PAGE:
3 November 2009
Prof. Henning Hopf (Technische Universität Braunschweig, Germany)
How Do Organic Functional Groups Interact and React? Learning from [m.n]Cyclophanes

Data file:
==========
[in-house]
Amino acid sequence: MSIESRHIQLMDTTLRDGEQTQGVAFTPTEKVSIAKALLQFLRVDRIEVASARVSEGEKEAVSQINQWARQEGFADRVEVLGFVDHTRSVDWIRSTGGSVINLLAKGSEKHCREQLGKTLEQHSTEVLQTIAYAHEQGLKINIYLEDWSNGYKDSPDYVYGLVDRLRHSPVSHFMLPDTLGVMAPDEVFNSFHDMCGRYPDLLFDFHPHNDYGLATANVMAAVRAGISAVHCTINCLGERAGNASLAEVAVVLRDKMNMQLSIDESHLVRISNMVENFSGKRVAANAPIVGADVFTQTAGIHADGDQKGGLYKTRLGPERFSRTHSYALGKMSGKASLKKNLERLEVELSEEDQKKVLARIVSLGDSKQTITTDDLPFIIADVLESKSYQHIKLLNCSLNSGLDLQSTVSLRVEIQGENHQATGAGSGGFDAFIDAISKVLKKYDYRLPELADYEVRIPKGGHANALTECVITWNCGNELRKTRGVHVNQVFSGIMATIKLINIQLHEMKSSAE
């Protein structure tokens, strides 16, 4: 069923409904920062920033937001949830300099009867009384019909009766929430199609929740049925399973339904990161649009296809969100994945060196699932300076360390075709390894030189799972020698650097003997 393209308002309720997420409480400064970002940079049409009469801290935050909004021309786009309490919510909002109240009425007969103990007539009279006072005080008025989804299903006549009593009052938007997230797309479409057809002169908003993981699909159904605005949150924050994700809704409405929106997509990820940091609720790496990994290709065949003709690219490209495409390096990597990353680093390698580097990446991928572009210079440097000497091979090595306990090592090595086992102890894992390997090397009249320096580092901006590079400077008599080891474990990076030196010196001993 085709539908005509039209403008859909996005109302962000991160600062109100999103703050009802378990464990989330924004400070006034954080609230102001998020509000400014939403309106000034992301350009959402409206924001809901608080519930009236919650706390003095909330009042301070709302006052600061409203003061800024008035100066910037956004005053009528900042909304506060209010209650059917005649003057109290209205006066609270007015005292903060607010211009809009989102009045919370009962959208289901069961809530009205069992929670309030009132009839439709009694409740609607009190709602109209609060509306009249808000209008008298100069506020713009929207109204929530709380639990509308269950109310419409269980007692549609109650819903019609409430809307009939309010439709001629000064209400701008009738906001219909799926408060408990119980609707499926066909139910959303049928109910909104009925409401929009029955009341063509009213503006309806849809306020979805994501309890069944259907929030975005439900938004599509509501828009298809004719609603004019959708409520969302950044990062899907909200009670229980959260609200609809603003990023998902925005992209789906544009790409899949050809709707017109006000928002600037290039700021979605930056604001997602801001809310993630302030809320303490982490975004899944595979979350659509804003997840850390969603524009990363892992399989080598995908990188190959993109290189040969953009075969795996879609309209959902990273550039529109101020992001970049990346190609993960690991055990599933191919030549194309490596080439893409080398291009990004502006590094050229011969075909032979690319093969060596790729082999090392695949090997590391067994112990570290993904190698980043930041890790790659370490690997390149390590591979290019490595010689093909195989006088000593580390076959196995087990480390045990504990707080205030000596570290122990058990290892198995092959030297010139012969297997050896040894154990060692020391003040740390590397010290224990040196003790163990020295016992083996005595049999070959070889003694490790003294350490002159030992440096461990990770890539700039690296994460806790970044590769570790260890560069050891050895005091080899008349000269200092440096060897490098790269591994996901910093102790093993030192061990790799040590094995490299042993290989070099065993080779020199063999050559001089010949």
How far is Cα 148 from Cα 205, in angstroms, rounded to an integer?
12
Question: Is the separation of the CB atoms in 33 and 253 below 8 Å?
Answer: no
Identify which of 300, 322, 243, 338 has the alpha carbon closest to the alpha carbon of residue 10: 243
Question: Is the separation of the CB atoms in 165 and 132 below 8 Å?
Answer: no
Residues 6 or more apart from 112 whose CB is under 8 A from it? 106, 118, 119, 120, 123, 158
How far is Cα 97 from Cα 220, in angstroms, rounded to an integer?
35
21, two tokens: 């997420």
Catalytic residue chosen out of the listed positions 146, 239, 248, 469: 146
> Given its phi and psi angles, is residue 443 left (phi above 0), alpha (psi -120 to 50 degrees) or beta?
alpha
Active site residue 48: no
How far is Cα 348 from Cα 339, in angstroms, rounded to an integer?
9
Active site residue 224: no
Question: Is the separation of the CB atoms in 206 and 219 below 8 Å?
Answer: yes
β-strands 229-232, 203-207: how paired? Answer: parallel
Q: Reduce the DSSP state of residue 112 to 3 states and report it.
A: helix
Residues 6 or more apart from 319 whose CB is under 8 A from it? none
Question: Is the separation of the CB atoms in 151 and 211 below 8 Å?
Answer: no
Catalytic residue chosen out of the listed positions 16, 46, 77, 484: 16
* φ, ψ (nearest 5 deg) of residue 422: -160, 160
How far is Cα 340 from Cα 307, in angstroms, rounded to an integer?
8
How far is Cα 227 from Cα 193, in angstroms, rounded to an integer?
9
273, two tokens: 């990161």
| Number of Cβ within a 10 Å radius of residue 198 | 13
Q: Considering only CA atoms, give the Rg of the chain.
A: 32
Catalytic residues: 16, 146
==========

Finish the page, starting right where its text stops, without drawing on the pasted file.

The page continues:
In [m.n]cylophanes two benzene rings are held together in a facing position by alkano bridges. The aromatic moieties can be functionalised very readily and all types of functional groups have been introduced into them. Since the lengths of the bridges can be adjusted (usually between 2 and 4: ethano to butano bridges) and these can be anchored in different positions at the aromatic cores, numerous situations can be realized in which 2 functional groups are in geometrically exactly defined positions allowing to answer the question under what conditions they will interact and react. Especially the pseudo-geminal position, in which the functional groups are directly on top of each other, leads to interesting organic reactions (inter alia formation of anti-Bredt hydrocarbons, cyclobutadiene intermediates, all carbon 1,3-dipolar cycloadditions, ladderane formation). As soon as the pseudo-geminal orientation is given up these intramolecular processes break down. Furthermore, neighboring group effects are not observed any more if the distance between a directing group and the potential position for a chemical reaction becomes larger than ca. 4 Å.